Basil Pecan Pesto


Fresh basil, pecorino pepato, toasted pecans, garlic, and lots of olive oil – the makings of a pesto.


Pesto alla Genovese…so green, so savory, such a sign of summer.  Aside from fresh grown tomatoes and watermelons,  nothing says summer more to me more than the pesto.

Basil has a short growing season.  As far south as we are, my basil usually bolts sometime in July.  Did you know that it’s nearly impossible to find baby basil plants to replant at this time?  This year one plant has started to put out flower stalks, and the other one has not.  But, given the time of year, it’s time to harvest it.

Essentially, I made a large batch here, because I wanted to share some with my sister. This recipe is from a book I’ve had for a very long time, Cooking with Herbs, by Emelie Tolley and Chris Mead (1989).  I increased the quantities.  Haven’t looked at in a while, but after glancing through it, I’ve actually made quite a bit from there.  All delicious!

I used:

  • 6 cups  loosely packed basil leaves, washed and air-dried
  • 1 1/2 cups toasted pecans
  • 2 clove elephant garlic (equal to 4 cloves regular garlic)
  • 2 cloves regular garlic
  • 4 ounces pecorino pepato, if available
  • 1 1/2 cups olive oil
  • 2 teaspoons kosher salt
  • 1 teaspoon fresh ground black pepper
  • a little extra olive oil to cover the tops
  • extra parmesan or pecorino romano (or pepato, if yo can find it) when serving

Drying the leaves in a paper towel…A salad spinner words well, too.

After perusing the internet for photos of pesto, I was truly surprised to see so many that looked like a bright avocado cream sauce.  Just a very bright green, emulsified sauce.  I kind of had a desire to make it the way I use to make: by hand.  If you make it by hand, make sure you have a really sharp knife.  My knives were not sharp enough, they were bruising and browning the leaves instead of cutting them.  So, I put those in the mini-food processor I have, and processed them in there just until they were cut small.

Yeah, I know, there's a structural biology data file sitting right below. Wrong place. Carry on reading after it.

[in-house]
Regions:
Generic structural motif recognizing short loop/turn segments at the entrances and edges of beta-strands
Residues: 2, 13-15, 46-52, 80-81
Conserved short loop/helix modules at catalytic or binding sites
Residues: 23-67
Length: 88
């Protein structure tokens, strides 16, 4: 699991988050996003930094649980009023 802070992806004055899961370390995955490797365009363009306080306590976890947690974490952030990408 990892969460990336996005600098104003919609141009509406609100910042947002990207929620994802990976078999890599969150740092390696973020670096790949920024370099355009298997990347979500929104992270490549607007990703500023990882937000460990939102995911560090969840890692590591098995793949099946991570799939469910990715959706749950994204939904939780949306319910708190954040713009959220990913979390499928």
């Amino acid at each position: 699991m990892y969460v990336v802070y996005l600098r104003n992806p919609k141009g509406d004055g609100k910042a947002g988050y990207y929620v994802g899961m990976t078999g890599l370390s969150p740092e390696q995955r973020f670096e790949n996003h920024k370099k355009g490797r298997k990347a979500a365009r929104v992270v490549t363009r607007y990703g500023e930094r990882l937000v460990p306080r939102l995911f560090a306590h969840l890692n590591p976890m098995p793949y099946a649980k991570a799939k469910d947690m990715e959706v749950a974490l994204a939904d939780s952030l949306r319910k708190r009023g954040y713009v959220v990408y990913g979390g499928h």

I started by mincing the garlic, and then adding the pecans to the garlic, and keep on chopping.


Adding the pecans to the garlic.,,and keep chopping.



The pesto, spread out on a plate…lots of savory bites!


The results: 7 four-ounce jars, topped by some olive oil to prevent browning. Ready to put on some pasta! Or bread. Or soup. Or sandwich.



When filling the jars, use a butter knife around the sides to help remove air pockets. Oxygen causes oxidation which causes the delicate basil leaves to turn brown.

If you have more pesto than what you think you can eat in a week, freeze it.  If you are comfortable using glass in the freezer, go ahead.  Packing it in an ice cube tray and transferring the cubes to a ziploc bag in the freezer will give you individual servings of pesto, ready for any use.

About the cheeses-I love pecorino pepato.  Pecorino pepato is pecorino romano with black peppercorns added in.  Perfect for pasta carbonara.  However, it is hard to find in most markets.  I usually use pecorino romano over parmesan, simply because that’s the cheese that was most used where I grew up.  Pecorino Romano is historically made with sheep’s milk and has a tangier taste whereas Parmesan is made with cow’s milk and is slightly milder and nuttier.  Feel free to use the standard parmesan as you choose. 

5 thoughts on “Basil Pecan Pesto

  1. I’ve used pecans in pesto for a long time. Pine nuts are so expensive and so not local. I made some today for lunch and it was wonderful. Used parmesan and pecorino romano.

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